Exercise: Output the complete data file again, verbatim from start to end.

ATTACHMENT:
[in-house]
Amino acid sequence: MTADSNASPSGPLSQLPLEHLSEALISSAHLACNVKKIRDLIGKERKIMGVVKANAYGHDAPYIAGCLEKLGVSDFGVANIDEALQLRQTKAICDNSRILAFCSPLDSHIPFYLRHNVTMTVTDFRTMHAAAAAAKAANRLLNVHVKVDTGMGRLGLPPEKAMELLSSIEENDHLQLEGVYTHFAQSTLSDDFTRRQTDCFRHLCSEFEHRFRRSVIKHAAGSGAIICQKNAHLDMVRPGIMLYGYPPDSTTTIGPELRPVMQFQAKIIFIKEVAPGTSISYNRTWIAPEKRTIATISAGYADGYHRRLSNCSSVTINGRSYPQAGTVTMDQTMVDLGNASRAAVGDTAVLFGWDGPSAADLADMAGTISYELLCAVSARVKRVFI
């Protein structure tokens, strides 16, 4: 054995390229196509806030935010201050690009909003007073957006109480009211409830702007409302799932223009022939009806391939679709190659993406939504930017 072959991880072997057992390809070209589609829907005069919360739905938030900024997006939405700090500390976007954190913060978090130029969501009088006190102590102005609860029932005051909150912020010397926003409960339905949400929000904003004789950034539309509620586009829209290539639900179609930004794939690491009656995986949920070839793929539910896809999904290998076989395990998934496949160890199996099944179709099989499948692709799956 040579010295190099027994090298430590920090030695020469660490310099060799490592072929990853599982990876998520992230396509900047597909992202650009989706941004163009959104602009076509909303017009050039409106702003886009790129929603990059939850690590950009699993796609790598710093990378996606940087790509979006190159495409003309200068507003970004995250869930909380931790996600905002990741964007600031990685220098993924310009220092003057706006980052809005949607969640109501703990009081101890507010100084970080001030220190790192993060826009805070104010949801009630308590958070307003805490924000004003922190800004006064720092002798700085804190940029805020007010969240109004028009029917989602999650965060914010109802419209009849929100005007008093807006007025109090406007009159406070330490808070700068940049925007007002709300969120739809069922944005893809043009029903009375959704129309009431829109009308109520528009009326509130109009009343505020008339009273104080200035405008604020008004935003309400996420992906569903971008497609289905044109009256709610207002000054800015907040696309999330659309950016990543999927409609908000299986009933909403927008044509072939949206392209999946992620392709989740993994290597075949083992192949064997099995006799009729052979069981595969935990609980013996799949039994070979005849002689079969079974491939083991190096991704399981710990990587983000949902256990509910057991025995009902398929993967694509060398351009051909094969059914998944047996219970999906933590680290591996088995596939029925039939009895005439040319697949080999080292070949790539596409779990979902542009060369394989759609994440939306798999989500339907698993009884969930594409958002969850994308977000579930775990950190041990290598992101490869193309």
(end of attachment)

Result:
[in-house]
Amino acid sequence: MTADSNASPSGPLSQLPLEHLSEALISSAHLACNVKKIRDLIGKERKIMGVVKANAYGHDAPYIAGCLEKLGVSDFGVANIDEALQLRQTKAICDNSRILAFCSPLDSHIPFYLRHNVTMTVTDFRTMHAAAAAAKAANRLLNVHVKVDTGMGRLGLPPEKAMELLSSIEENDHLQLEGVYTHFAQSTLSDDFTRRQTDCFRHLCSEFEHRFRRSVIKHAAGSGAIICQKNAHLDMVRPGIMLYGYPPDSTTTIGPELRPVMQFQAKIIFIKEVAPGTSISYNRTWIAPEKRTIATISAGYADGYHRRLSNCSSVTINGRSYPQAGTVTMDQTMVDLGNASRAAVGDTAVLFGWDGPSAADLADMAGTISYELLCAVSARVKRVFI
């Protein structure tokens, strides 16, 4: 054995390229196509806030935010201050690009909003007073957006109480009211409830702007409302799932223009022939009806391939679709190659993406939504930017 072959991880072997057992390809070209589609829907005069919360739905938030900024997006939405700090500390976007954190913060978090130029969501009088006190102590102005609860029932005051909150912020010397926003409960339905949400929000904003004789950034539309509620586009829209290539639900179609930004794939690491009656995986949920070839793929539910896809999904290998076989395990998934496949160890199996099944179709099989499948692709799956 040579010295190099027994090298430590920090030695020469660490310099060799490592072929990853599982990876998520992230396509900047597909992202650009989706941004163009959104602009076509909303017009050039409106702003886009790129929603990059939850690590950009699993796609790598710093990378996606940087790509979006190159495409003309200068507003970004995250869930909380931790996600905002990741964007600031990685220098993924310009220092003057706006980052809005949607969640109501703990009081101890507010100084970080001030220190790192993060826009805070104010949801009630308590958070307003805490924000004003922190800004006064720092002798700085804190940029805020007010969240109004028009029917989602999650965060914010109802419209009849929100005007008093807006007025109090406007009159406070330490808070700068940049925007007002709300969120739809069922944005893809043009029903009375959704129309009431829109009308109520528009009326509130109009009343505020008339009273104080200035405008604020008004935003309400996420992906569903971008497609289905044109009256709610207002000054800015907040696309999330659309950016990543999927409609908000299986009933909403927008044509072939949206392209999946992620392709989740993994290597075949083992192949064997099995006799009729052979069981595969935990609980013996799949039994070979005849002689079969079974491939083991190096991704399981710990990587983000949902256990509910057991025995009902398929993967694509060398351009051909094969059914998944047996219970999906933590680290591996088995596939029925039939009895005439040319697949080999080292070949790539596409779990979902542009060369394989759609994440939306798999989500339907698993009884969930594409958002969850994308977000579930775990950190041990290598992101490869193309």